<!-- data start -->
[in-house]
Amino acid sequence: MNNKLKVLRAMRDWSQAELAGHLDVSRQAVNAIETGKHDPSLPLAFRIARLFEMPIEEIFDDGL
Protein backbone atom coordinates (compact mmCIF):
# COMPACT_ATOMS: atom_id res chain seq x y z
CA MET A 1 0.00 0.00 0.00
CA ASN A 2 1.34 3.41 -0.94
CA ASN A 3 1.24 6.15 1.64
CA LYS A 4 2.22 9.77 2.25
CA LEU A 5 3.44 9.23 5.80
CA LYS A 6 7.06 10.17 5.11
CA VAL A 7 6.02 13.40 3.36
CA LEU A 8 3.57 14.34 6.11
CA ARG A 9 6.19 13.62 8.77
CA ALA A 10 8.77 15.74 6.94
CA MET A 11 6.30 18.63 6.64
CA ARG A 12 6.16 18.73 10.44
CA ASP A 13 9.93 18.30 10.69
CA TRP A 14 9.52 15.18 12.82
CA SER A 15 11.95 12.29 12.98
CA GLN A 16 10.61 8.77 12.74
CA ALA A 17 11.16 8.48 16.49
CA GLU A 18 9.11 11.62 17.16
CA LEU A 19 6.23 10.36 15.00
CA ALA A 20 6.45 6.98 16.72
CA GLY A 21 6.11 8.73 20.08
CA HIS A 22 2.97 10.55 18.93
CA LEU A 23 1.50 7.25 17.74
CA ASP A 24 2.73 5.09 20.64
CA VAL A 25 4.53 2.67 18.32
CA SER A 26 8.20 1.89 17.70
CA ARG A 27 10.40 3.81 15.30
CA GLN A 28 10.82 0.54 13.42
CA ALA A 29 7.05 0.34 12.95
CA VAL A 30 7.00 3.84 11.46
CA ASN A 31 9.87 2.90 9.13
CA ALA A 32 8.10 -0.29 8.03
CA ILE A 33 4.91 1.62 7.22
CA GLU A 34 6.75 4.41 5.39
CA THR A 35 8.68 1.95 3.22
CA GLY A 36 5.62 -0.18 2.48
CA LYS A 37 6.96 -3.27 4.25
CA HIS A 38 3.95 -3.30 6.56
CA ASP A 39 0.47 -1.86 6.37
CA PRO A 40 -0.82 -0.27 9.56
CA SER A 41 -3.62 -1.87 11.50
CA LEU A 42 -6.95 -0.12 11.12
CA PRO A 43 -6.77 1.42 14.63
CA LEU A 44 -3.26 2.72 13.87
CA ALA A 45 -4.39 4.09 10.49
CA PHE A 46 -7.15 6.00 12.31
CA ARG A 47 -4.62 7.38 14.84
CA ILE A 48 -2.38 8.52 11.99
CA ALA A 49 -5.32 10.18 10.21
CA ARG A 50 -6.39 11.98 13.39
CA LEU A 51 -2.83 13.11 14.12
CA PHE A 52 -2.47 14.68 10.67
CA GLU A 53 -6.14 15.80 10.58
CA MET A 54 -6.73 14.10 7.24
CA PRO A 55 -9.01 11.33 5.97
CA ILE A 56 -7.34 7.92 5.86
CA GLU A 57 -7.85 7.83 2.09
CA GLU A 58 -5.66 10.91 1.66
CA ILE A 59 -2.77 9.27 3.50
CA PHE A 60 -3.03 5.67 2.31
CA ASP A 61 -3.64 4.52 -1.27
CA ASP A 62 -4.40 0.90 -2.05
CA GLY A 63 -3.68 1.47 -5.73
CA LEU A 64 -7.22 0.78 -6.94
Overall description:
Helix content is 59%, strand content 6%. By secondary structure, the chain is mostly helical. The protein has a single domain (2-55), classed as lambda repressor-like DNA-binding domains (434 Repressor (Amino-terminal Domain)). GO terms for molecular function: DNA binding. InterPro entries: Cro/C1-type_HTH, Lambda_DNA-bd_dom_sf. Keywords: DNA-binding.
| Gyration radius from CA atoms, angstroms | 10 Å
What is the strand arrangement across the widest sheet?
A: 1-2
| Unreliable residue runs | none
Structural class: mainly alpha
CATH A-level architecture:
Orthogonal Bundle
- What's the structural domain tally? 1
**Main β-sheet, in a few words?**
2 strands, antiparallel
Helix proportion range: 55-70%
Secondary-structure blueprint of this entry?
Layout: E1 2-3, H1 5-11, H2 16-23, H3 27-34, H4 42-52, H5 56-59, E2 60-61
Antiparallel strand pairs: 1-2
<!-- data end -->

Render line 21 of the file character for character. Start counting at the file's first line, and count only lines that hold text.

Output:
CA ALA A 17 11.16 8.48 16.49